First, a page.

Friday, 25 December 2009

British Medical Journal: Santa Claus is a bad public health example

(Image by A B Lobo) He's fat, drinks a lot, feeds on sweets and smokes a pipe. This is the none too healthy image of Santa Claus, according to the 'British Medical Journal', which publishes a study on the old man's bad habits and what he can do to improve his health. The study by Nathan Grills and Brendan Halyday, of Monash University of Melbourne, Australia, suggests Santa could learn a few things about dieting and healthy living. For instance, he could start eating more vegetables by sharing a carrot or two with Rudolph, who also comes in for some criticism in another study. And he should give up his pipe: no more smoking. It's bad for him and the elves, not to mention the people whose homes he breaks into to deliver presents. He likes his drink, but binges: on one night a year he drinks for the North Pole at every home on Earth, where families often leaves out more than just a glass of milk. As they say, don't drink and drive. But we don't know what he does the other 365 days. Not enough exercise, says the study. This is apparent in his rotundity.>
Santa Claus long ago displaced the Virgin Mary and baby as the most unmistakable Christmas iconography. The study, taken among hospital inpatients, concluded that awareness of Santa was near universal. Given Santa’s fame, he has considerable potential to influence individual and societal behaviour—and not necessarily for good. Santa is a late adopter of evidence based behaviour change and continues to sport a rotund sedentary image. But this is not the only example where Santa’s behaviour and public image are at odds with contemporary accepted public health messages.

If he contracted Swine Flu and coughed or sneezed ten times in a working day - well, what about all those children sitting in his lap all over the world? No, Santa is definitely in for it.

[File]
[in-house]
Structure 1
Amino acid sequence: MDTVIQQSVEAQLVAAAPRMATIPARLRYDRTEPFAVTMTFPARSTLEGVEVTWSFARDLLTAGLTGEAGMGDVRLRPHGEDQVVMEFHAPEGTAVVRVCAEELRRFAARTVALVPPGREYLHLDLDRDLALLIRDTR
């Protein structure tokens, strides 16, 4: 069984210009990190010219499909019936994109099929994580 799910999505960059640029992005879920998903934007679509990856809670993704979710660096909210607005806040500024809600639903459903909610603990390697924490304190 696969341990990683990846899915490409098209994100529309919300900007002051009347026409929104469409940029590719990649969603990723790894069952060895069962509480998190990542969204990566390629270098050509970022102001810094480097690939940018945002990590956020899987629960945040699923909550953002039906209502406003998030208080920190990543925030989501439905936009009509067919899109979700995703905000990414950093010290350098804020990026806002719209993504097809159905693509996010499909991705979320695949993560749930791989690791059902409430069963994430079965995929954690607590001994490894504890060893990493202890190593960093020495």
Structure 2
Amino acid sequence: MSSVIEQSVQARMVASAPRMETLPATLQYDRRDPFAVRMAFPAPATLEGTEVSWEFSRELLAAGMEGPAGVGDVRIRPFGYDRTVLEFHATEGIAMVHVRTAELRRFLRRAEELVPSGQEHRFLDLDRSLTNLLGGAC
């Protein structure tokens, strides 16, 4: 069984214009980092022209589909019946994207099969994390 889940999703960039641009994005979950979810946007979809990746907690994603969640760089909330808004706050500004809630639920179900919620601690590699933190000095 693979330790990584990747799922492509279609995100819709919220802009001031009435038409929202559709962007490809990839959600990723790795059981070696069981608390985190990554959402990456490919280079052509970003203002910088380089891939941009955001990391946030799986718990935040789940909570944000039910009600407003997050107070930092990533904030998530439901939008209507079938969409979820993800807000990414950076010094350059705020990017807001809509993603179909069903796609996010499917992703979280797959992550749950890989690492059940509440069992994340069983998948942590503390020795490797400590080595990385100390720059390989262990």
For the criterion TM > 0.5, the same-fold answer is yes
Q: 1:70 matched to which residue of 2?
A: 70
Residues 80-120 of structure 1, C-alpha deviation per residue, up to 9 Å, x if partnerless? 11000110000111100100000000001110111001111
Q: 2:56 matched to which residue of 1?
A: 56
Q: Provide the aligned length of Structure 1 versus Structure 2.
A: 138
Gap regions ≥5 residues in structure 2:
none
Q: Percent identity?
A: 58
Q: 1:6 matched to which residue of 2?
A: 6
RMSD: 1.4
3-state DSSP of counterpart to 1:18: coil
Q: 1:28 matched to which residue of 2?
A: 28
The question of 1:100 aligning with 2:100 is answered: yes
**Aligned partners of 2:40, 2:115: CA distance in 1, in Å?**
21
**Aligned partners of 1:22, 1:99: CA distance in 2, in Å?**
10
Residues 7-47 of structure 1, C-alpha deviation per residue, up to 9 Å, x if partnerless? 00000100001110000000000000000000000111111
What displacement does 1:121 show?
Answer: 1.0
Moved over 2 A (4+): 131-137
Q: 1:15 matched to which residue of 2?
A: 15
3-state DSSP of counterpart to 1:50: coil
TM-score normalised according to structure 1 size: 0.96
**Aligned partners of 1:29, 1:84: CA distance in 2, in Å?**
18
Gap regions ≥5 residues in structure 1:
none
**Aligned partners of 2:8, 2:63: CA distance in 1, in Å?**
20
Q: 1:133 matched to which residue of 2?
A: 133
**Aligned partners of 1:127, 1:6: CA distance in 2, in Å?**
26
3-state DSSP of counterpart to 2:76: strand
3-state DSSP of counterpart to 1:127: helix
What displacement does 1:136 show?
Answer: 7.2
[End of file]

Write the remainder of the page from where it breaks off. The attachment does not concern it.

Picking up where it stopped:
So is Rudolph (yes the red nosed one). He's not too healthy either, apparently. How did he get his red nose? Some say that his nasal congestion comes from a cold, but there are those who believe he's drunk from sharing booze with Santa. Or he could be sad because the old croak takes all the milk and biscuits people leave out for them.

However, a study years ago by Odd Halvorsen, of Oslo University, concluded that Rudolph's red nose comes from a parasitic infection. It's a warm little place, the nose, full of folds and blood vessels: the perfect place for certain type of worms. (Halvorsen, a serious scientist, says he gathered more fame for this piece of research than any other he has ever published. Odd, isn't it?)

The stern Australian report is probably expecting to see Father Christmas in better shape next year. He could make that a New Year's resolution, but we know what happens to those.

(Photo: Internet) Which brings us to The Three Wise Men, The Magi, los Reyes Magos. They don't look too bad, all in all, though one of them bears an increasingly distinct resemblance to the old man above. The camels don't look like reindeer, admittedly, but they do slobber a lot, and cough and sneeze and grumble. Can we expect a serious university study on them, perhaps from the University of Salamanca, or have they better things to do?

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